Yesterday, as the news media took its soundbites from Aisha Buhari’s forcefully independent opinions Muhammadu Buhari was on a state visit to Germany. He could not have been oblivious of his spouse’s interview and I would have expected that his media team and advisers would have intimated that the world press in Germany might well broach the subject.
If Muhammadu Buhari were visiting Germany for a purpose, it would have been incumbent on them not to let any other issue overshadow that purpose and be on the trajectory to a successful state visit with the world press concentrating on that. They fell at the first hurdle.
The joke in the other room
With Muhammadu Buhari standing beside the foremost female politician in the world, Angela Merkel, he was asked about his wife’s views in that BBC interview. Given a global stage, President Buhari mustered all the patriarchy and chauvinism he could at the expense of wit, tact, diplomacy or even common-sense and let rip an anachronistic embarrassment of verbiage.
“I don't know which party my wife belongs to, but she belongs to my kitchen and my living room and the other room.” He said, amongst other things about his political struggles, his losses, his victory and his opponents. Angela Merkel, if we could have read her mind might have been thinking in German, “Warum habe ich stimme diesen Chauvinistenschwein zu treffen?” [Muhammadu Buhari – BBC]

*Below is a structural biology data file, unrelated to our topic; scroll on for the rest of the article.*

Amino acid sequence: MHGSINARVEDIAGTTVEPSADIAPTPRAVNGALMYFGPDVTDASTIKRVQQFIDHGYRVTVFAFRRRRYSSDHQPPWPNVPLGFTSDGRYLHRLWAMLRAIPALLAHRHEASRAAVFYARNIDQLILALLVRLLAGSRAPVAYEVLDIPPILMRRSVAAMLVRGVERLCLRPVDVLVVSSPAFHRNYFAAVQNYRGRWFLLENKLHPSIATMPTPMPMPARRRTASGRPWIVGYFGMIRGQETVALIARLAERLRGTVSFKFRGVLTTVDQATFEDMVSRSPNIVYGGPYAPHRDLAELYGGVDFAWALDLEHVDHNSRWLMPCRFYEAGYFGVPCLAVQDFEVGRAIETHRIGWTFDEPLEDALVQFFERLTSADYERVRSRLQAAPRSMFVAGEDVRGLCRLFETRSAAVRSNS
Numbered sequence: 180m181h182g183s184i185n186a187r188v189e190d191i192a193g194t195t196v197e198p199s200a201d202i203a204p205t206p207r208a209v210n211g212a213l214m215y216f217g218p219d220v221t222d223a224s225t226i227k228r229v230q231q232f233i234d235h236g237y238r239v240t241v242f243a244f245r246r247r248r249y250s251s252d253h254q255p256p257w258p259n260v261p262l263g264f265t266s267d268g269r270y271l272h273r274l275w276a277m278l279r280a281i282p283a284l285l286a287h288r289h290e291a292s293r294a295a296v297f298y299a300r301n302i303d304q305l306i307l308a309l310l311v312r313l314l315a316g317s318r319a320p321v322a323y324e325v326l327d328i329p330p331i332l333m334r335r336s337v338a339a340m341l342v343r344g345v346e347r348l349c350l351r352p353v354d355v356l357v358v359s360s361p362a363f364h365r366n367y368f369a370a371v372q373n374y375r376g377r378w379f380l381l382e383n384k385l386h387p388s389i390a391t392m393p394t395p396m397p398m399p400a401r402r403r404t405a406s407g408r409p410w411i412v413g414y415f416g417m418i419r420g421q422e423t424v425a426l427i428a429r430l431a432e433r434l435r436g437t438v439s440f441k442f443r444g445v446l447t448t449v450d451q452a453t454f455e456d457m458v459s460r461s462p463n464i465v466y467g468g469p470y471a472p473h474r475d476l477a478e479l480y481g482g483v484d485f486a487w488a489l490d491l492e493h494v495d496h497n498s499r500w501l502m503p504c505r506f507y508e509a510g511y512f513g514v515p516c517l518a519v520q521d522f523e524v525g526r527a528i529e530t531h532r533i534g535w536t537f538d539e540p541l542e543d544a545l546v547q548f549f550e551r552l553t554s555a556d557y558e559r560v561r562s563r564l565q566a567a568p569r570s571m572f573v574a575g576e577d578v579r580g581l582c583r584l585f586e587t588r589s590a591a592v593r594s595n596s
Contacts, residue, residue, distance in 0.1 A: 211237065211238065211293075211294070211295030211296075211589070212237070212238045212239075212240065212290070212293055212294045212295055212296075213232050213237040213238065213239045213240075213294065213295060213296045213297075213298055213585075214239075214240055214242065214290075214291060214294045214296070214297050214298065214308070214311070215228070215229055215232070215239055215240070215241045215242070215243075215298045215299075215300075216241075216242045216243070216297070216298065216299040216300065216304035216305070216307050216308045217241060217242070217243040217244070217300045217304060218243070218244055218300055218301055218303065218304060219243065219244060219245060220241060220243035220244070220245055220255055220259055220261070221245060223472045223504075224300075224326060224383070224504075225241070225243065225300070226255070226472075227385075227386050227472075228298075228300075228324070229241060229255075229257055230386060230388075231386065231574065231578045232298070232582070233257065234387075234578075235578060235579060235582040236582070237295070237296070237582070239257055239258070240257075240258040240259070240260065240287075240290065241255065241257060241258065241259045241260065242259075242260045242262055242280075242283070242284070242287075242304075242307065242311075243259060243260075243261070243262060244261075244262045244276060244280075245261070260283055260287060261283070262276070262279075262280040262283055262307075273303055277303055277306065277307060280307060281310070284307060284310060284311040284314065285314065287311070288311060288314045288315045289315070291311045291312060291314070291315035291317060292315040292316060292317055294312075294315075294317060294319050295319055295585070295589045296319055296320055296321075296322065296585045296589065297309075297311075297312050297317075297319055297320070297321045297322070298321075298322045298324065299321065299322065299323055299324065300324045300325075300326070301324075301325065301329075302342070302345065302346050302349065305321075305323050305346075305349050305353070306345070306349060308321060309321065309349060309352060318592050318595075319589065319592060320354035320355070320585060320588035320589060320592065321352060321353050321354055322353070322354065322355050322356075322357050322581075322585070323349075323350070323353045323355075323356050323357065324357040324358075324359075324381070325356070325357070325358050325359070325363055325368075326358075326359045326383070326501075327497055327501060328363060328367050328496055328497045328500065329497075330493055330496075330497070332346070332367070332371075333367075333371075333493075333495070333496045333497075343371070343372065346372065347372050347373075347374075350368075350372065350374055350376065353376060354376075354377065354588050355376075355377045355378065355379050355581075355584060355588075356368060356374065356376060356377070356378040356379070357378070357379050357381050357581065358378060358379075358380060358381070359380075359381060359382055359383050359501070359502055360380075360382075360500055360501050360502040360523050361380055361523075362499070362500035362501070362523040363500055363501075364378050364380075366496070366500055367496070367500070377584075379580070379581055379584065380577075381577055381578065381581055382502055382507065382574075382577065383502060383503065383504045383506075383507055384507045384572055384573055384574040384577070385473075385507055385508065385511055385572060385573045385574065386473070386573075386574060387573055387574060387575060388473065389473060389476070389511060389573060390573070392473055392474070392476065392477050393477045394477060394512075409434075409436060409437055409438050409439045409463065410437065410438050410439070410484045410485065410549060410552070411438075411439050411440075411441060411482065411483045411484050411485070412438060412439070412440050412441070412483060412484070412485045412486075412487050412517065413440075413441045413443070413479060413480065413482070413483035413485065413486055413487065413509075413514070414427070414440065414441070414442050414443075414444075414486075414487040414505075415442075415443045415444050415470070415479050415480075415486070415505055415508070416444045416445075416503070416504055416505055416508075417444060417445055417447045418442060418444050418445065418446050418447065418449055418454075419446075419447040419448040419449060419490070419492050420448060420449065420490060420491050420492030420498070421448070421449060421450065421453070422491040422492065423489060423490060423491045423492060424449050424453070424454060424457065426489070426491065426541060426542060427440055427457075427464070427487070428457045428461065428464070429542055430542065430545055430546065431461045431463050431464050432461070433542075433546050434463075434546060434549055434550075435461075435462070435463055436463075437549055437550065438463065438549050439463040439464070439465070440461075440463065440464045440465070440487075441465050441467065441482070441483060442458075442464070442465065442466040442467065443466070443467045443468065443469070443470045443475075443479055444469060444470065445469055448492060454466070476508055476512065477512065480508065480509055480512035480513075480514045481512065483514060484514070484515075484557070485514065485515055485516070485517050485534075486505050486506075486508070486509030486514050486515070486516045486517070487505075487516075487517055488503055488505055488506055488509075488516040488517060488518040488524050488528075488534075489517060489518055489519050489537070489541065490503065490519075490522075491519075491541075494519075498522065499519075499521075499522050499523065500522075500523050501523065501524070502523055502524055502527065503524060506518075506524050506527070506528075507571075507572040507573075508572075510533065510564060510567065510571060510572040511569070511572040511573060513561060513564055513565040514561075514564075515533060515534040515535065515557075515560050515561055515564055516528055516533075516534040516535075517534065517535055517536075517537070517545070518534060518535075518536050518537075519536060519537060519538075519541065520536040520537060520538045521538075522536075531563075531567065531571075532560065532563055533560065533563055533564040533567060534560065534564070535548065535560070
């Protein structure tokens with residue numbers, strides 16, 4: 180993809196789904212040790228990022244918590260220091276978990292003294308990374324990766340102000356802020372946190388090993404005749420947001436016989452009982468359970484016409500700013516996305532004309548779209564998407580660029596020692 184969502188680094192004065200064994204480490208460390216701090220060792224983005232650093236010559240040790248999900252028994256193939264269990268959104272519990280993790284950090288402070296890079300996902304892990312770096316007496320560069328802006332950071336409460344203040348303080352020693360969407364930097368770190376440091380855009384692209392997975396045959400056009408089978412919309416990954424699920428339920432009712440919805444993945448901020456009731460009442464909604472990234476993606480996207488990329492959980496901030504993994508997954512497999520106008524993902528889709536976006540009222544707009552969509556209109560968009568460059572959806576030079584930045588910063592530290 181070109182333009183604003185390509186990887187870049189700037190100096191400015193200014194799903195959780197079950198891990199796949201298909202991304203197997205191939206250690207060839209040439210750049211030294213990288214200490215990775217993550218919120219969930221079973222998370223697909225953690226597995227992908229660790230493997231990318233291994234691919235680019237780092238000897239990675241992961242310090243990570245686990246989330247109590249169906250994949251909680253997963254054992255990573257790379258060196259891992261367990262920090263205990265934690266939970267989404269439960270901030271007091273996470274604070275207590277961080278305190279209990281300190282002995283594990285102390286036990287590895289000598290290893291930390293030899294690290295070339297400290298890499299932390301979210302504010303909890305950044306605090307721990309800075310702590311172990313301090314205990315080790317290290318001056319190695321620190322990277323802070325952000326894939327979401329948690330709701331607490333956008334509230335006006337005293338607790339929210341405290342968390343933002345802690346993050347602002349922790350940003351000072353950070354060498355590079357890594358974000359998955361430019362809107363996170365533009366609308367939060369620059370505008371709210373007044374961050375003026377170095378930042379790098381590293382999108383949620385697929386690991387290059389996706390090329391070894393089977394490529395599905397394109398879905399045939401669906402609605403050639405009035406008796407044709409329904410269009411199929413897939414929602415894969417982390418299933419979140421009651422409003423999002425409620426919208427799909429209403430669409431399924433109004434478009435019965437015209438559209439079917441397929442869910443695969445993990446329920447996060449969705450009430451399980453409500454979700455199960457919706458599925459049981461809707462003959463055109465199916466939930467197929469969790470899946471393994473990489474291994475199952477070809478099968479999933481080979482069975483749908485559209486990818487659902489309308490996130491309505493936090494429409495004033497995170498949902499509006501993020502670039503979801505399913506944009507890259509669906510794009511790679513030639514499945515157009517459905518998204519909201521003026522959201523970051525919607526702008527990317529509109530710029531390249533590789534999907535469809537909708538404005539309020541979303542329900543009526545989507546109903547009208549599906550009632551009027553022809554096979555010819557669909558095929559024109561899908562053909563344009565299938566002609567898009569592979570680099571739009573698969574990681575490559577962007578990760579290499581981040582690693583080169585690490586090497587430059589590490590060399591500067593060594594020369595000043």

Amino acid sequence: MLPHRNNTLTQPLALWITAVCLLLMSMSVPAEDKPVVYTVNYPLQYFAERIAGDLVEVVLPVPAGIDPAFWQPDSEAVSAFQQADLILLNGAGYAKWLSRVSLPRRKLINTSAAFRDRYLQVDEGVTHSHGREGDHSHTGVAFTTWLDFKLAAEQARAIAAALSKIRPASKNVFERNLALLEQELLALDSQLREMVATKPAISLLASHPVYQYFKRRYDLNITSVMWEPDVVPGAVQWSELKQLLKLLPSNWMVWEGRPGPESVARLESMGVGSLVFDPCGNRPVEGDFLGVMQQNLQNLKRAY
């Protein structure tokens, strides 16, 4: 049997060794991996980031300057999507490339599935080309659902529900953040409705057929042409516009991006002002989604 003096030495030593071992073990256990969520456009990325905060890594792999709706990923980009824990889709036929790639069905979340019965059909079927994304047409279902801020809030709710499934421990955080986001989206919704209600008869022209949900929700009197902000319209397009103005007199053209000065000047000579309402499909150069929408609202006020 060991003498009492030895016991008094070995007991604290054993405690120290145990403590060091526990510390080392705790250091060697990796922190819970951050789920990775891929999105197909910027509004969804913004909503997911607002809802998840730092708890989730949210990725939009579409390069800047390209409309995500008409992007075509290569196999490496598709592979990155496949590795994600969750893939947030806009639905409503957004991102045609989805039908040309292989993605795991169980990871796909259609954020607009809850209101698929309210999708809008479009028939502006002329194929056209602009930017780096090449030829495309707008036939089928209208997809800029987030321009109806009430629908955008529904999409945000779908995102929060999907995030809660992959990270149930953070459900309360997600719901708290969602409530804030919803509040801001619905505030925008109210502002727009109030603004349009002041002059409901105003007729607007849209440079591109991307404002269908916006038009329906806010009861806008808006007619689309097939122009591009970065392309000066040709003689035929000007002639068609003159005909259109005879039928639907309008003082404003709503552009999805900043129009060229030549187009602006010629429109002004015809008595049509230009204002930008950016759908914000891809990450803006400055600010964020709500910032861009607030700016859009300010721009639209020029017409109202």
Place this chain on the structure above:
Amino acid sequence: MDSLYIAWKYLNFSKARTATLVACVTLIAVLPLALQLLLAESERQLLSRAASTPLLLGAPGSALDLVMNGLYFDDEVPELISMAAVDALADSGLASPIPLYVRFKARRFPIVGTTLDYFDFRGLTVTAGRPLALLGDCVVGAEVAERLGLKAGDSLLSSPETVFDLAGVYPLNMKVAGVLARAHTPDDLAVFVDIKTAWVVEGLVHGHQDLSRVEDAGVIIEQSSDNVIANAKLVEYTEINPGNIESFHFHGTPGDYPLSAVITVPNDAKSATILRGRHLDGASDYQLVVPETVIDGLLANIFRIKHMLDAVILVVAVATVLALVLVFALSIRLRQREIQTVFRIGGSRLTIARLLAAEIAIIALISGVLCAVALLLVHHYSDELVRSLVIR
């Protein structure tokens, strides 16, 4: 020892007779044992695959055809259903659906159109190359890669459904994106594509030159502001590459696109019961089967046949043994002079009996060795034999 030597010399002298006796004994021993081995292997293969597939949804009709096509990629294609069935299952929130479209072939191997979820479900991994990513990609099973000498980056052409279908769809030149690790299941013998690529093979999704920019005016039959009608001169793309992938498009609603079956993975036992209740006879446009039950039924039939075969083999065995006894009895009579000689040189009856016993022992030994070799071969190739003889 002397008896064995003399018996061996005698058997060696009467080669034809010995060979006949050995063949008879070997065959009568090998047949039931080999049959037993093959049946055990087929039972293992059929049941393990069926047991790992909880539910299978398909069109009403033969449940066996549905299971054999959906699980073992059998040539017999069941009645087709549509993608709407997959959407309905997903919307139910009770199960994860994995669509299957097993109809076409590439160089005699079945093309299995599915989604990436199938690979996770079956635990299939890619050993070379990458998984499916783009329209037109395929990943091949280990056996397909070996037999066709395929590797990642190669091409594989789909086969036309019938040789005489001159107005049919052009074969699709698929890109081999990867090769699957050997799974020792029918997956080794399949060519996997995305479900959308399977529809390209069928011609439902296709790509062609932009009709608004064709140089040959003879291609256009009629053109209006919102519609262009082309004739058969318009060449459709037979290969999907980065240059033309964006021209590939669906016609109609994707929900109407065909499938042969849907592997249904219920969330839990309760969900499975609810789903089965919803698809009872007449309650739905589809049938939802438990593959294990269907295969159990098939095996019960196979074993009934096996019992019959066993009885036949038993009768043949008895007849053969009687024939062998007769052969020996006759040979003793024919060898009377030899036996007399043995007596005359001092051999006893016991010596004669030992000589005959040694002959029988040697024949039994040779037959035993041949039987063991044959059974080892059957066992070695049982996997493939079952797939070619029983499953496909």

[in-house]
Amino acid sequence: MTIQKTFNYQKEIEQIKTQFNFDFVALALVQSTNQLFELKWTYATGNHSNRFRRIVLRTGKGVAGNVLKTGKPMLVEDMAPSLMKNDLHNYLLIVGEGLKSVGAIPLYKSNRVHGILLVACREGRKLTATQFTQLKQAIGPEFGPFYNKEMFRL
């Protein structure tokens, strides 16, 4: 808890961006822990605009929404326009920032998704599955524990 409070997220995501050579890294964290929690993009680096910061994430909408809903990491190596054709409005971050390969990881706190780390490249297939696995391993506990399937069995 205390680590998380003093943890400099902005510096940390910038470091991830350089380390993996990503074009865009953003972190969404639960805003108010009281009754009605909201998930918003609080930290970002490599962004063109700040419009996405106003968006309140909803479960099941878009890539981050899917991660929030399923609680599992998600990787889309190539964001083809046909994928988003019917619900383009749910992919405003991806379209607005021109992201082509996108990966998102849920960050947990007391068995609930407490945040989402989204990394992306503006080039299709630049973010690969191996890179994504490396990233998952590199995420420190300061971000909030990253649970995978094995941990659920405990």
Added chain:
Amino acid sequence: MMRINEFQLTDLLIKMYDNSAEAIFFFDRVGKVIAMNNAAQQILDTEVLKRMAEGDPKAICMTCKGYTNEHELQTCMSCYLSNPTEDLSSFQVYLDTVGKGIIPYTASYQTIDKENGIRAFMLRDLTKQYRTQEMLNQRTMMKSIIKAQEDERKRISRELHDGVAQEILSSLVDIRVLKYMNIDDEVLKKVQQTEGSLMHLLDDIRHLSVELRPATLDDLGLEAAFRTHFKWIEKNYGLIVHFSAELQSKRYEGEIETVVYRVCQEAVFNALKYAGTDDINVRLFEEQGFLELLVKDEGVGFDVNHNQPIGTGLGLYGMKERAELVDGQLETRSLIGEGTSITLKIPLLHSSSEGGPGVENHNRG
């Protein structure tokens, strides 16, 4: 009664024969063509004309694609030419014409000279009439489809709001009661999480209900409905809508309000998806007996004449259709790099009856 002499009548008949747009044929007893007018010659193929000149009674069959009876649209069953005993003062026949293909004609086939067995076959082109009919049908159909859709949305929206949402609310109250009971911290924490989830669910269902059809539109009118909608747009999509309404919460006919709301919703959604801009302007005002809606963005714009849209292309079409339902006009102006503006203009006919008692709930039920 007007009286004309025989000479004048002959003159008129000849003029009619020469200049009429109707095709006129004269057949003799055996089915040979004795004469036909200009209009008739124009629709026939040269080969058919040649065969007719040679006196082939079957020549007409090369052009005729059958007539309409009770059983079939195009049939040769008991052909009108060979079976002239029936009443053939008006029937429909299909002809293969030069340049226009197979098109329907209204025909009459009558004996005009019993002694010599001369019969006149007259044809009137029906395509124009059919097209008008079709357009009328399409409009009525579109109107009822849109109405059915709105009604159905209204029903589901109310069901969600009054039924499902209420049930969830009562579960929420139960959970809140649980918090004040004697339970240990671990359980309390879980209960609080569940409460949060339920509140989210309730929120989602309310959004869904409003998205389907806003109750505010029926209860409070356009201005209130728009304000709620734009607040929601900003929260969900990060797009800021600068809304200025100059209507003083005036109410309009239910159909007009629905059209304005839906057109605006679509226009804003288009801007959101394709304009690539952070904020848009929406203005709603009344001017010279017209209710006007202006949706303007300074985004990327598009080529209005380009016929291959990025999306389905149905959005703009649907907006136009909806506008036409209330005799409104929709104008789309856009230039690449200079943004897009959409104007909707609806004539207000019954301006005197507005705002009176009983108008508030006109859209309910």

A very sad analysis
For me, there are many angles from which to view Muhammadu Buhari’s comments, but I see a wider consequence of expressing such views on a global stage and it led me to ask a few questions on Twitter, because I already knew that the main takeaway from this Nigeria-Germany summit would be, “She belongs to my kitchen.”
When a leader of a nation says a spouse of 27 years belongs in the kitchen, what do you expect the girls of that generation to aspire to?— Akin Akíntáyọ̀ (@forakin) October 14, 2016
Let's get it straight, if a spouse of 27 years cannot express independent views without being sent back to the kitchen, what gives?— Akin Akíntáyọ̀ (@forakin) October 14, 2016
What does President Buhari have an entourage of advisers for if none of the lot anticipated he would be asked about his wife's views?— Akin Akíntáyọ̀ (@forakin) October 14, 2016